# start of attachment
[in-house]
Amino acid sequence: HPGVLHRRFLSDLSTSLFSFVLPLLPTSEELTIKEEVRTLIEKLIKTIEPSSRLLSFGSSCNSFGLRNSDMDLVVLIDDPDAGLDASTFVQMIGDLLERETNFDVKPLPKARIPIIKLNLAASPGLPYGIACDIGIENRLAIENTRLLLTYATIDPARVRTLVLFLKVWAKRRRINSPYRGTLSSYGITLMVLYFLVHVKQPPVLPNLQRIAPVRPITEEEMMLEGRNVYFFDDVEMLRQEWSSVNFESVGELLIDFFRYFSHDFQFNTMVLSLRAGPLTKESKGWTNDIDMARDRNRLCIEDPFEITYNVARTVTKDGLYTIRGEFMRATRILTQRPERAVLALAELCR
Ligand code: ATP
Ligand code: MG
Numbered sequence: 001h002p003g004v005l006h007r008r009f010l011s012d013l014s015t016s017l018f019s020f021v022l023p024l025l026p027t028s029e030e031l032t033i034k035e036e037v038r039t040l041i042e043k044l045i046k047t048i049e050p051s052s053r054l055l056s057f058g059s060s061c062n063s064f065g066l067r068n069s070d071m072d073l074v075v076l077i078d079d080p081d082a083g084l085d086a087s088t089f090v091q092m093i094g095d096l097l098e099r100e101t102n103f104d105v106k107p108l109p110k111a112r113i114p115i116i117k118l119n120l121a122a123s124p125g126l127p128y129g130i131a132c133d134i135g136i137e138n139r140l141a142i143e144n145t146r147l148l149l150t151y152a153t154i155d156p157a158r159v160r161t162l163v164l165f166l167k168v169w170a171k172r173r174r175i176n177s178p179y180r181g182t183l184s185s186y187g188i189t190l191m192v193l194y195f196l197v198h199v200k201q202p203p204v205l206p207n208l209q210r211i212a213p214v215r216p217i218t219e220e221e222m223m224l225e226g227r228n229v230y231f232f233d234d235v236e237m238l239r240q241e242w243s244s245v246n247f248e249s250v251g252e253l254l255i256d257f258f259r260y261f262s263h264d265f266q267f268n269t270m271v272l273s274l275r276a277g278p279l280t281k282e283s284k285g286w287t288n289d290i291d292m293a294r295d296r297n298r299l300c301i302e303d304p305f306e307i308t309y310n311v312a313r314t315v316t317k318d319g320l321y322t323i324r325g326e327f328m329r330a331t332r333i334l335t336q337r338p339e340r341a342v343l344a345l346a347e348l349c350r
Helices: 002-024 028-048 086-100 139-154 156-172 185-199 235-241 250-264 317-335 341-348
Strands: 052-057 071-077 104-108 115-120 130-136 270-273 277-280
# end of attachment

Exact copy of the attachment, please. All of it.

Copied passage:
[in-house]
Amino acid sequence: HPGVLHRRFLSDLSTSLFSFVLPLLPTSEELTIKEEVRTLIEKLIKTIEPSSRLLSFGSSCNSFGLRNSDMDLVVLIDDPDAGLDASTFVQMIGDLLERETNFDVKPLPKARIPIIKLNLAASPGLPYGIACDIGIENRLAIENTRLLLTYATIDPARVRTLVLFLKVWAKRRRINSPYRGTLSSYGITLMVLYFLVHVKQPPVLPNLQRIAPVRPITEEEMMLEGRNVYFFDDVEMLRQEWSSVNFESVGELLIDFFRYFSHDFQFNTMVLSLRAGPLTKESKGWTNDIDMARDRNRLCIEDPFEITYNVARTVTKDGLYTIRGEFMRATRILTQRPERAVLALAELCR
Ligand code: ATP
Ligand code: MG
Numbered sequence: 001h002p003g004v005l006h007r008r009f010l011s012d013l014s015t016s017l018f019s020f021v022l023p024l025l026p027t028s029e030e031l032t033i034k035e036e037v038r039t040l041i042e043k044l045i046k047t048i049e050p051s052s053r054l055l056s057f058g059s060s061c062n063s064f065g066l067r068n069s070d071m072d073l074v075v076l077i078d079d080p081d082a083g084l085d086a087s088t089f090v091q092m093i094g095d096l097l098e099r100e101t102n103f104d105v106k107p108l109p110k111a112r113i114p115i116i117k118l119n120l121a122a123s124p125g126l127p128y129g130i131a132c133d134i135g136i137e138n139r140l141a142i143e144n145t146r147l148l149l150t151y152a153t154i155d156p157a158r159v160r161t162l163v164l165f166l167k168v169w170a171k172r173r174r175i176n177s178p179y180r181g182t183l184s185s186y187g188i189t190l191m192v193l194y195f196l197v198h199v200k201q202p203p204v205l206p207n208l209q210r211i212a213p214v215r216p217i218t219e220e221e222m223m224l225e226g227r228n229v230y231f232f233d234d235v236e237m238l239r240q241e242w243s244s245v246n247f248e249s250v251g252e253l254l255i256d257f258f259r260y261f262s263h264d265f266q267f268n269t270m271v272l273s274l275r276a277g278p279l280t281k282e283s284k285g286w287t288n289d290i291d292m293a294r295d296r297n298r299l300c301i302e303d304p305f306e307i308t309y310n311v312a313r314t315v316t317k318d319g320l321y322t323i324r325g326e327f328m329r330a331t332r333i334l335t336q337r338p339e340r341a342v343l344a345l346a347e348l349c350r
Helices: 002-024 028-048 086-100 139-154 156-172 185-199 235-241 250-264 317-335 341-348
Strands: 052-057 071-077 104-108 115-120 130-136 270-273 277-280